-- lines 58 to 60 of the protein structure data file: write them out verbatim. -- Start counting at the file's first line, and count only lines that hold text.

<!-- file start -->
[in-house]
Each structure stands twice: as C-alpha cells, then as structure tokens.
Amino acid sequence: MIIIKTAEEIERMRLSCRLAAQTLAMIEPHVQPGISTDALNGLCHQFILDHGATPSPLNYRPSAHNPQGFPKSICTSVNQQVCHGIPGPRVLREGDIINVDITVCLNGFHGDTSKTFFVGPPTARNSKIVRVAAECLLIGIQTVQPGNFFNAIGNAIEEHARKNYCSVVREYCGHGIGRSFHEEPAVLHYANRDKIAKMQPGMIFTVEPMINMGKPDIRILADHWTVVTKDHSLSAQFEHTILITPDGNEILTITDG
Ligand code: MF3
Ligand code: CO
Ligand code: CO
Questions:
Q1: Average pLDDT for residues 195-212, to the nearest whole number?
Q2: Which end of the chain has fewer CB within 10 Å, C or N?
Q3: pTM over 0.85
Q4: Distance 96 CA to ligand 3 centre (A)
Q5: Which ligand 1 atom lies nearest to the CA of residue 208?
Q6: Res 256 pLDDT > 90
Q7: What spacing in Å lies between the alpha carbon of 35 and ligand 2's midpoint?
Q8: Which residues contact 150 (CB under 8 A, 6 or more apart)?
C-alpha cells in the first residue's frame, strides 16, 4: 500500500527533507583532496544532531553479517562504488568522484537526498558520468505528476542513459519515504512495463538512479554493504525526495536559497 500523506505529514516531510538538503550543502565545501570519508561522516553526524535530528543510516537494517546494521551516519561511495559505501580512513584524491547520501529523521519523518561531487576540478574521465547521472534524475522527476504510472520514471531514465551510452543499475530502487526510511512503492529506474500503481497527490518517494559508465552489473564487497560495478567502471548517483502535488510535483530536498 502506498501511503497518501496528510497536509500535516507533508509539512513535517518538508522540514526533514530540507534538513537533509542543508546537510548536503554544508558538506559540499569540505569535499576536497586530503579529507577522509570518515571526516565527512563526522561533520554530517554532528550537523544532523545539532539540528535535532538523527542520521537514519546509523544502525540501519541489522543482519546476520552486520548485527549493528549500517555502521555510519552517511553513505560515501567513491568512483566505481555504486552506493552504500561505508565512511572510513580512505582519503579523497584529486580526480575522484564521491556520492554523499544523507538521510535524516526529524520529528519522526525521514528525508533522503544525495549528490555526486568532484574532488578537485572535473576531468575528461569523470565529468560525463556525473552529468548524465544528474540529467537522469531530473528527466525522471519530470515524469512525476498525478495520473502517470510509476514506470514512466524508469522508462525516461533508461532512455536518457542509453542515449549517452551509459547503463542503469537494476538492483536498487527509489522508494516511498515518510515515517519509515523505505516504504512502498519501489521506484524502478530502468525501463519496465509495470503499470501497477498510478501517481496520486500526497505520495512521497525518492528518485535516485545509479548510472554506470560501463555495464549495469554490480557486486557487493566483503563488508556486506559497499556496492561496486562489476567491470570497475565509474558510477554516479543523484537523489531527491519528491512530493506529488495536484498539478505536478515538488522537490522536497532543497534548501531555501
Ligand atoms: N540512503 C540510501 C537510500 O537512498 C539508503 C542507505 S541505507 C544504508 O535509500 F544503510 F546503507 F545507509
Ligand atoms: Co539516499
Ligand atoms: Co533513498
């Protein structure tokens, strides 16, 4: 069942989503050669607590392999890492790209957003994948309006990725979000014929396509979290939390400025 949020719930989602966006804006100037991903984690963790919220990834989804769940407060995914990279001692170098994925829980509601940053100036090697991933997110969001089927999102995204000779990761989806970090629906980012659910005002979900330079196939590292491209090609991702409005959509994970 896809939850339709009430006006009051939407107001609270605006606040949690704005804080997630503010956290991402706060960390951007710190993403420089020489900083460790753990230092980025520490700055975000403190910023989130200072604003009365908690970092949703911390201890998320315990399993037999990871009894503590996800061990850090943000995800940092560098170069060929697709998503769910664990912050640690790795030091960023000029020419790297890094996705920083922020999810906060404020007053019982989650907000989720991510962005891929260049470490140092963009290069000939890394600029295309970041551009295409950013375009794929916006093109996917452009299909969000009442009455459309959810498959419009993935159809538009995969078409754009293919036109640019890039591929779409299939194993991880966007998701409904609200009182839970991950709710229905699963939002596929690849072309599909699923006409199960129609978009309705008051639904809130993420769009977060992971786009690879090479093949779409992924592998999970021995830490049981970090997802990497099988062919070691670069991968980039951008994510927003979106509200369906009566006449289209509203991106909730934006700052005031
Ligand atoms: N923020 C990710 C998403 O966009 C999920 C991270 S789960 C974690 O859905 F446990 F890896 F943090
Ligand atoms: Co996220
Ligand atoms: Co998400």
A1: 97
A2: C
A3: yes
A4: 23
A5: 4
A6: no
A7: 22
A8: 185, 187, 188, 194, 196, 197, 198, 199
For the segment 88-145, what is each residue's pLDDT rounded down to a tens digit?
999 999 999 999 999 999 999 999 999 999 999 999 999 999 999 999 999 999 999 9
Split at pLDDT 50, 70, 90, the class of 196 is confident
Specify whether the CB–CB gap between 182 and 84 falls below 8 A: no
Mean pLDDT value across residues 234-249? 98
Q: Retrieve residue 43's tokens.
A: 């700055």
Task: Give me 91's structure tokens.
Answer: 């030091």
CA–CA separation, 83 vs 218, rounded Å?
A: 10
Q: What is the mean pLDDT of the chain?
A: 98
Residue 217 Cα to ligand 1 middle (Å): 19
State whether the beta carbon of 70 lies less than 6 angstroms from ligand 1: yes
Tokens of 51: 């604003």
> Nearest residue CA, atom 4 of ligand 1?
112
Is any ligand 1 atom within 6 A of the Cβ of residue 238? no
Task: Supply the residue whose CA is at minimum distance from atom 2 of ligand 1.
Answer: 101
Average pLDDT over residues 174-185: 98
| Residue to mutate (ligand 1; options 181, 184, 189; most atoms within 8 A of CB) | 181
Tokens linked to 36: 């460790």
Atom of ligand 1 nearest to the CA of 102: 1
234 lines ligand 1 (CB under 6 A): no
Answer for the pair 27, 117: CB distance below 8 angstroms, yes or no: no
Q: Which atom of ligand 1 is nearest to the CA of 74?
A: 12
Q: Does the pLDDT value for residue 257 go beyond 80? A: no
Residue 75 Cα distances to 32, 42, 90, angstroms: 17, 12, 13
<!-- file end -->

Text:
Answer for the pair 27, 117: CB distance below 8 angstroms, yes or no: no
Q: Which atom of ligand 1 is nearest to the CA of 74?
A: 12